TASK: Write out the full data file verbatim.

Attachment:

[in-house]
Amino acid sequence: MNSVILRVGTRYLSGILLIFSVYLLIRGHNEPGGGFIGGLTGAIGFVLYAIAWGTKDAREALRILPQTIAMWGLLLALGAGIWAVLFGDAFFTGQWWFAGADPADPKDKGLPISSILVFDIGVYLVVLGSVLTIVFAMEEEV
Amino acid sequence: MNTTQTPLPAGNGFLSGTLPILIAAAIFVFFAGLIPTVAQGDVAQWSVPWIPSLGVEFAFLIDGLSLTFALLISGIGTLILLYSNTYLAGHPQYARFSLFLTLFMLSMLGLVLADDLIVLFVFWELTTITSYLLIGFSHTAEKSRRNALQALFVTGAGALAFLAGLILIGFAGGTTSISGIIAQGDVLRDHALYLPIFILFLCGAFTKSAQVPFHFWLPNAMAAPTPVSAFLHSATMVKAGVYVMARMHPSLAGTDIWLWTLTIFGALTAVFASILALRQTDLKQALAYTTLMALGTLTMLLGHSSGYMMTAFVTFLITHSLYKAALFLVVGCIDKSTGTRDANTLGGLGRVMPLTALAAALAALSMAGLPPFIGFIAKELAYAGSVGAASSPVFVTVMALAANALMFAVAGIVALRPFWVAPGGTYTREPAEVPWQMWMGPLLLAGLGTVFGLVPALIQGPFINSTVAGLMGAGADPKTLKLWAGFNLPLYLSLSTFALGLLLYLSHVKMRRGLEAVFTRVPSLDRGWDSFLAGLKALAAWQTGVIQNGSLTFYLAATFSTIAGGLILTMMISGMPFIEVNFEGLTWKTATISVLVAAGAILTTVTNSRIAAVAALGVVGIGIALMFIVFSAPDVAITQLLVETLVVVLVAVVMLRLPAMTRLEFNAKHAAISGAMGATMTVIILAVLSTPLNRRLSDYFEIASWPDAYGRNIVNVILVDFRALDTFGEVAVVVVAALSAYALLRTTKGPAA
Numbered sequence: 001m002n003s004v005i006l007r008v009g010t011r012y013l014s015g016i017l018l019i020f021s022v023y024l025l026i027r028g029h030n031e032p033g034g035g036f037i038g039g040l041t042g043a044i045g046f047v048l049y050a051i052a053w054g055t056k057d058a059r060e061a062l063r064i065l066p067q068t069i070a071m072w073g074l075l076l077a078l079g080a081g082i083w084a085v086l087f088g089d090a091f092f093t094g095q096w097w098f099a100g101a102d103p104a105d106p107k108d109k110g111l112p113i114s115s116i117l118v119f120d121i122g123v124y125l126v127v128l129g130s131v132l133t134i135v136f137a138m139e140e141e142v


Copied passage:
[in-house]
Amino acid sequence: MNSVILRVGTRYLSGILLIFSVYLLIRGHNEPGGGFIGGLTGAIGFVLYAIAWGTKDAREALRILPQTIAMWGLLLALGAGIWAVLFGDAFFTGQWWFAGADPADPKDKGLPISSILVFDIGVYLVVLGSVLTIVFAMEEEV
Amino acid sequence: MNTTQTPLPAGNGFLSGTLPILIAAAIFVFFAGLIPTVAQGDVAQWSVPWIPSLGVEFAFLIDGLSLTFALLISGIGTLILLYSNTYLAGHPQYARFSLFLTLFMLSMLGLVLADDLIVLFVFWELTTITSYLLIGFSHTAEKSRRNALQALFVTGAGALAFLAGLILIGFAGGTTSISGIIAQGDVLRDHALYLPIFILFLCGAFTKSAQVPFHFWLPNAMAAPTPVSAFLHSATMVKAGVYVMARMHPSLAGTDIWLWTLTIFGALTAVFASILALRQTDLKQALAYTTLMALGTLTMLLGHSSGYMMTAFVTFLITHSLYKAALFLVVGCIDKSTGTRDANTLGGLGRVMPLTALAAALAALSMAGLPPFIGFIAKELAYAGSVGAASSPVFVTVMALAANALMFAVAGIVALRPFWVAPGGTYTREPAEVPWQMWMGPLLLAGLGTVFGLVPALIQGPFINSTVAGLMGAGADPKTLKLWAGFNLPLYLSLSTFALGLLLYLSHVKMRRGLEAVFTRVPSLDRGWDSFLAGLKALAAWQTGVIQNGSLTFYLAATFSTIAGGLILTMMISGMPFIEVNFEGLTWKTATISVLVAAGAILTTVTNSRIAAVAALGVVGIGIALMFIVFSAPDVAITQLLVETLVVVLVAVVMLRLPAMTRLEFNAKHAAISGAMGATMTVIILAVLSTPLNRRLSDYFEIASWPDAYGRNIVNVILVDFRALDTFGEVAVVVVAALSAYALLRTTKGPAA
Numbered sequence: 001m002n003s004v005i006l007r008v009g010t011r012y013l014s015g016i017l018l019i020f021s022v023y024l025l026i027r028g029h030n031e032p033g034g035g036f037i038g039g040l041t042g043a044i045g046f047v048l049y050a051i052a053w054g055t056k057d058a059r060e061a062l063r064i065l066p067q068t069i070a071m072w073g074l075l076l077a078l079g080a081g082i083w084a085v086l087f088g089d090a091f092f093t094g095q096w097w098f099a100g101a102d103p104a105d106p107k108d109k110g111l112p113i114s115s116i117l118v119f120d121i122g123v124y125l126v127v128l129g130s131v132l133t134i135v136f137a138m139e140e141e142v